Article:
planet-poetry-sarah-sala

A Poem By Sarah Sala

No one ever asked me if I liked being called Pluto

When Pluto was a planet, X got detention for keeping
their eyes open during prayer. They wondered, are all
grandmas named Dorothy? Their voice became a mind
no one else could hear.

When no one knew what a planet was anymore,
X read the Sunday comics alongside the original
eight. New mnemonics replaced the old:

They love me, they’re terrestrial. They love me,
they’re gaseous. They love me not, I’m an ice planet.
X studied childhood obesity with jellybeans asking,
which one is the best?

When Pluto was a dwarf planet, X had sex in a pajama set,
with the Kuiper Belt repeating yes-yes-yes-yes.
Children wrote misspelled letters to scientists exclaiming,
If there are people who live there they won’t exist.

Then X’s sister birthed a niece, a small impact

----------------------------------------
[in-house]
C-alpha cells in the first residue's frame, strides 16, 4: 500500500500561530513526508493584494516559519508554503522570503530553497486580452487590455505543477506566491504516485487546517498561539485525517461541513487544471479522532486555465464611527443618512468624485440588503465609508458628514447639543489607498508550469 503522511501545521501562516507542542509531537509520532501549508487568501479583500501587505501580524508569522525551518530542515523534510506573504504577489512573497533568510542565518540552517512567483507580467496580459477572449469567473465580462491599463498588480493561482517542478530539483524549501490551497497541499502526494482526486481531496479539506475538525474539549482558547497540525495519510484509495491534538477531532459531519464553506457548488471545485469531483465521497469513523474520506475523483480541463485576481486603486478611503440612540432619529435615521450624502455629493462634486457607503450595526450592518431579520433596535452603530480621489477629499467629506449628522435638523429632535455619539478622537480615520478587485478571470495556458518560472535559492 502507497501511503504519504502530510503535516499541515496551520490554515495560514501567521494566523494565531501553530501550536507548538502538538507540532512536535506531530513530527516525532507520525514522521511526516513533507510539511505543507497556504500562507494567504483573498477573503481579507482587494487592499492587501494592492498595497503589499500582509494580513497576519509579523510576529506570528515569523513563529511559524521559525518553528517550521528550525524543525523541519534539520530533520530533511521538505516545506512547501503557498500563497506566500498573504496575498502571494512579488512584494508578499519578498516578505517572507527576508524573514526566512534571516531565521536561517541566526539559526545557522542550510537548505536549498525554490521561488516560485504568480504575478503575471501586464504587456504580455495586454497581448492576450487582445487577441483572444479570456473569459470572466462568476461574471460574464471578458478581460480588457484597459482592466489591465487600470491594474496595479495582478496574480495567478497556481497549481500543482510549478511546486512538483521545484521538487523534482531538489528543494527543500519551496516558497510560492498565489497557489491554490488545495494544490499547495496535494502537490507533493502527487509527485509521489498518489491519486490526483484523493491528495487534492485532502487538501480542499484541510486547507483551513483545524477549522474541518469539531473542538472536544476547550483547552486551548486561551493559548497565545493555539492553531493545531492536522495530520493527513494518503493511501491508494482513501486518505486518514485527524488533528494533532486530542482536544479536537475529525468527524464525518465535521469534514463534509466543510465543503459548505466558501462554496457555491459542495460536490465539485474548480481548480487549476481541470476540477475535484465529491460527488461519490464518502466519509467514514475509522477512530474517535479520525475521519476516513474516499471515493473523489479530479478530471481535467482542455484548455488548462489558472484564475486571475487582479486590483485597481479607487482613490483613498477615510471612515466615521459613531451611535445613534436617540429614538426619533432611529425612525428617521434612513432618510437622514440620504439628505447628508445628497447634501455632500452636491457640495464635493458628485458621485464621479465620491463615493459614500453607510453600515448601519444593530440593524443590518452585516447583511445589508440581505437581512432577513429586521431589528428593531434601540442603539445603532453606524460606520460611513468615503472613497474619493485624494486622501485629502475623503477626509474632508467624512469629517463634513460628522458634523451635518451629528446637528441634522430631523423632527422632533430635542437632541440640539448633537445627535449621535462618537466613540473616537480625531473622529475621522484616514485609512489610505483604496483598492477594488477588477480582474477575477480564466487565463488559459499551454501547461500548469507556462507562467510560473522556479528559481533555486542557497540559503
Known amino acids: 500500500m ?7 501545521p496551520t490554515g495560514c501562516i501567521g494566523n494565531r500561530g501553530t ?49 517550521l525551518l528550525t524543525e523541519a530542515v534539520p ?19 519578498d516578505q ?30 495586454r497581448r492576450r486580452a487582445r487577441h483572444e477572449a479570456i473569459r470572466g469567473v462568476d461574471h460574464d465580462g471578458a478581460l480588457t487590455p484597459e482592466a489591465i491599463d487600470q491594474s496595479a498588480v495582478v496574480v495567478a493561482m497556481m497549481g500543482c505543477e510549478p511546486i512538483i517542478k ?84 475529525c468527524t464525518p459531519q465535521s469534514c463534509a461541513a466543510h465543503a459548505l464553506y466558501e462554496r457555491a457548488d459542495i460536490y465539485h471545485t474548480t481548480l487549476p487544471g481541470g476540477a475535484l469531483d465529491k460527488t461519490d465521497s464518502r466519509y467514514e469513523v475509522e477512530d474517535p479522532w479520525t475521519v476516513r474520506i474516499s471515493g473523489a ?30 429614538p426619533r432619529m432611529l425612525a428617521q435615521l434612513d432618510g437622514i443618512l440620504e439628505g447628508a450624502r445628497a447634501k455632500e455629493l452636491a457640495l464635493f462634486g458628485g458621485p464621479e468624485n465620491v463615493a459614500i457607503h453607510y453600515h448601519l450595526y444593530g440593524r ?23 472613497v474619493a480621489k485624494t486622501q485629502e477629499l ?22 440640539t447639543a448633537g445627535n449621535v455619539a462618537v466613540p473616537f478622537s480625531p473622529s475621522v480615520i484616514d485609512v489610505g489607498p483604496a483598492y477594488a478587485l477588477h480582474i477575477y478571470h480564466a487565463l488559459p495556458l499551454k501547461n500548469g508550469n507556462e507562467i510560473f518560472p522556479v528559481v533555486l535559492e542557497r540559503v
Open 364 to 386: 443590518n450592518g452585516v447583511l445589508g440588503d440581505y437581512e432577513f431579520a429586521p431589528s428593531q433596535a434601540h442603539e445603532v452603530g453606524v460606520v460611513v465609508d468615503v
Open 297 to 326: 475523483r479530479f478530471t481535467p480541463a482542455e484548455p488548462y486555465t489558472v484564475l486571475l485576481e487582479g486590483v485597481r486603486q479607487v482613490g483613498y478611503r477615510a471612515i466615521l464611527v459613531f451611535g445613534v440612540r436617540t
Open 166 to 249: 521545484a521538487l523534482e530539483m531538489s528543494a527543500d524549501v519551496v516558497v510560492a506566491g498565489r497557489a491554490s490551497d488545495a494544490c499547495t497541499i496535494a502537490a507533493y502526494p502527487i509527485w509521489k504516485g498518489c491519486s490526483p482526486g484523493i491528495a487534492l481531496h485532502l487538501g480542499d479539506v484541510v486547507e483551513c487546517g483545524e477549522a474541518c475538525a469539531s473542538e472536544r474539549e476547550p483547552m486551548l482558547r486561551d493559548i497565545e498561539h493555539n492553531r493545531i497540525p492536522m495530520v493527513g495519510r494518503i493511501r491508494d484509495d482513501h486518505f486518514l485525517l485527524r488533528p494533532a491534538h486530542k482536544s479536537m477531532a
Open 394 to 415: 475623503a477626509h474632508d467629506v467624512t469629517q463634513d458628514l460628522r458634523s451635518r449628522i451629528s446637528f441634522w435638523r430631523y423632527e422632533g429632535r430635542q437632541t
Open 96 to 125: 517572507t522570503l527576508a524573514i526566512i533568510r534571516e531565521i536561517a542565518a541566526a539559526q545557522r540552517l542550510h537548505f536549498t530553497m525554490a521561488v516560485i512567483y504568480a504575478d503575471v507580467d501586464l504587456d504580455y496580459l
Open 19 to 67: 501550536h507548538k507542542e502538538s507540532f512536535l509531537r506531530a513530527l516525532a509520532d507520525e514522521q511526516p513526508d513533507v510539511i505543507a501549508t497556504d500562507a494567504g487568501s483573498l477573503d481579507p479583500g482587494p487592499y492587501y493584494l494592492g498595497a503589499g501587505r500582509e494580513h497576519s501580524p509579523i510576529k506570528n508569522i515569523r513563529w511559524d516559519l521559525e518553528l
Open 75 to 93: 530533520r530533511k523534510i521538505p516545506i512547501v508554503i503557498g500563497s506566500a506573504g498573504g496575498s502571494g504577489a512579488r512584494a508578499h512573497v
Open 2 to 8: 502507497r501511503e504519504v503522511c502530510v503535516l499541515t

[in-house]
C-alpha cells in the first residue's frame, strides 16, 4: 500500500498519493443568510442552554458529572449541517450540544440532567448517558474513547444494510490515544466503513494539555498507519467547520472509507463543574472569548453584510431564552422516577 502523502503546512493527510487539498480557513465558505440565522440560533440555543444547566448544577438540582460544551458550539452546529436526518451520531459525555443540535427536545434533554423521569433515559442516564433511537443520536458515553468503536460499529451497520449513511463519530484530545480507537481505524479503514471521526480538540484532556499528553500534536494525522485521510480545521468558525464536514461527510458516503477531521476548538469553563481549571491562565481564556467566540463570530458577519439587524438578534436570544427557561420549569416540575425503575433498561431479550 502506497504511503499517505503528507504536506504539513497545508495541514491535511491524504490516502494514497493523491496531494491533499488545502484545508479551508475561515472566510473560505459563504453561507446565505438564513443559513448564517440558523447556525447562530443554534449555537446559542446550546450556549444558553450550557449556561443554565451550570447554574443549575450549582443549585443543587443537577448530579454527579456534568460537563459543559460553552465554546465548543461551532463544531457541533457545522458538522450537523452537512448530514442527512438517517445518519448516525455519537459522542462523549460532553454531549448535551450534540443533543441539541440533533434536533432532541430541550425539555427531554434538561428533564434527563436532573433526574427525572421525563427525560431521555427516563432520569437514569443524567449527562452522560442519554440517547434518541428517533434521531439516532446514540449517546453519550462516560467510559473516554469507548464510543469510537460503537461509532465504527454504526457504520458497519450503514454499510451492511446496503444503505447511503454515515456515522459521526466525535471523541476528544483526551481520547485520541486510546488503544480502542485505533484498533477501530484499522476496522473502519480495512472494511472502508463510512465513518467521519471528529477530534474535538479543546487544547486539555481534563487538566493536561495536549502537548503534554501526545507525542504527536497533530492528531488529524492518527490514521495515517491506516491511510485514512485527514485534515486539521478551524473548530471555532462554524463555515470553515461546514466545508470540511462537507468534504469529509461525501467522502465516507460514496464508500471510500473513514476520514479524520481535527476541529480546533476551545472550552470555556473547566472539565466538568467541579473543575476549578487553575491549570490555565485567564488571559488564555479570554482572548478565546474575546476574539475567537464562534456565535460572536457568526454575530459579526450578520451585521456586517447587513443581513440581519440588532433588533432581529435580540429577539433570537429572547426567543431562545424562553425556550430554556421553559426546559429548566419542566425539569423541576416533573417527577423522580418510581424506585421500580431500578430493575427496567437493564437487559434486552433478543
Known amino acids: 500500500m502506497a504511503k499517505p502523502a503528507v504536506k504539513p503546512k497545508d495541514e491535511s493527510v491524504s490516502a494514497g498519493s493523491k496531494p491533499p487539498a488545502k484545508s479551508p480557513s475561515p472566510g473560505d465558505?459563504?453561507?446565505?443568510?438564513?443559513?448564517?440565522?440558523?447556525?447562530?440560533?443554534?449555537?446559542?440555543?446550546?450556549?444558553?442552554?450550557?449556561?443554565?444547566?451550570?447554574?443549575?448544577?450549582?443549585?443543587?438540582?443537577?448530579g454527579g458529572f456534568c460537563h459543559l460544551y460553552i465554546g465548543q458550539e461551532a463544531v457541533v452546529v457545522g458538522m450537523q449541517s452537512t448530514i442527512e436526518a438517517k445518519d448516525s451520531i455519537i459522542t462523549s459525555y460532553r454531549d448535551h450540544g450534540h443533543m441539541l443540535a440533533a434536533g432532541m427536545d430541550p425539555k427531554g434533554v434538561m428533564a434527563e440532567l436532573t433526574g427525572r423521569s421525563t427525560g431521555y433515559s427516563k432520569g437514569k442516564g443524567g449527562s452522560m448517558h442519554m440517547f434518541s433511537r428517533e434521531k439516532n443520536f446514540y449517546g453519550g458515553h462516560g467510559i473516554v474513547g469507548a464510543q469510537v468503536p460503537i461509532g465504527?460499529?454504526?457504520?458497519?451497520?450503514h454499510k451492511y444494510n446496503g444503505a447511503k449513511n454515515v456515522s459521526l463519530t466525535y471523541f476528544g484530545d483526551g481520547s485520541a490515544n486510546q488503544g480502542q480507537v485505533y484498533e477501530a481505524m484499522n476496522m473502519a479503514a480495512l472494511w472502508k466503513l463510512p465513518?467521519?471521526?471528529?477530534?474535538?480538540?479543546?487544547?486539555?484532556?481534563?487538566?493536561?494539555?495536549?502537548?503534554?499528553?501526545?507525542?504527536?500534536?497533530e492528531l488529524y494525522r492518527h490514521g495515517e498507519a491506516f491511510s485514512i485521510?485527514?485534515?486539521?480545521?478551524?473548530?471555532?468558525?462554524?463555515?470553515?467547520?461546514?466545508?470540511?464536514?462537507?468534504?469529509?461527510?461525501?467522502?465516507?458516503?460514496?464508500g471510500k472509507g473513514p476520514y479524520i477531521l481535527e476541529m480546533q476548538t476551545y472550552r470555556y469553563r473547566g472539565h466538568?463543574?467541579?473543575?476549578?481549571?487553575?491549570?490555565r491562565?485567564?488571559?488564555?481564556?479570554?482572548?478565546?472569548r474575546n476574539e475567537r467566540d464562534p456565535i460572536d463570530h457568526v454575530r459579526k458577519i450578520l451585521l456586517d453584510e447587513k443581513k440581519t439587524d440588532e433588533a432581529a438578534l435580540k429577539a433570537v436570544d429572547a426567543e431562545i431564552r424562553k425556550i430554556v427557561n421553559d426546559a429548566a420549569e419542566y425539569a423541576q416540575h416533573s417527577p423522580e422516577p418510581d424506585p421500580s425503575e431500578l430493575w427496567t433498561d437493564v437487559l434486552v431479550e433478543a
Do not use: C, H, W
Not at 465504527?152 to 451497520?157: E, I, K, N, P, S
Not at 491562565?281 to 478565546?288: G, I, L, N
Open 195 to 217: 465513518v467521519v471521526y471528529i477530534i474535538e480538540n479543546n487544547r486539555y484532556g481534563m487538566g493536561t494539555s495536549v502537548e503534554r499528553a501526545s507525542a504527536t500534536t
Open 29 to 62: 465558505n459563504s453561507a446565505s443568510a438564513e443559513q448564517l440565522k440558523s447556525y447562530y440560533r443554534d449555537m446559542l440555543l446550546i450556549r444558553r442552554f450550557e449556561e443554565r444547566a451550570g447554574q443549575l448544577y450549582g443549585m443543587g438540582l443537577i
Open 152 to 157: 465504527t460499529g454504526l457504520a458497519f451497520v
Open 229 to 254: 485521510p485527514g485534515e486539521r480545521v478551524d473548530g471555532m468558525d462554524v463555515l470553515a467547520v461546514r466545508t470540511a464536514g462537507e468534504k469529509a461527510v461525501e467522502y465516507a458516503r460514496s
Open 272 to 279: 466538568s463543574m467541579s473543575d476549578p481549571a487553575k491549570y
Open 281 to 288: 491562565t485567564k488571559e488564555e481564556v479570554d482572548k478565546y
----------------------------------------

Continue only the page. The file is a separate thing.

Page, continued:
with jet black hair. They named her Lola, which means:
no one ever asked me if I liked being called Pluto.


SARAH SALA is a poet and educator who hails from Brooklyn, Michigan. Her poem “Hydrogen” was featured in the “Elements” episode of NPR’s hit show Radiolab in collaboration with Emotive Fruition. The Ghost Assembly Line, a chapbook of her selected poetry, was published by Finishing Line Press in 2016. Her poems appear in Wreck Park, Atlas Review, and The Stockholm Review of Literature among others. Visit her at SarahSala.com
PHOTO CREDIT: 
Talya Chalef 

About the Author /

Christopher Blackman is a poet and educator. He was born in Chicago, Illinois, and grew up in Columbus, Ohio, where he attended Ohio State University. His poems have been published in the Atlas Review. He was a 2015 teaching fellow with the Kenyon Review Young Writers’ Workshop. He lives in Manhattan, where he is an MFA candidate in poetry at Columbia University.

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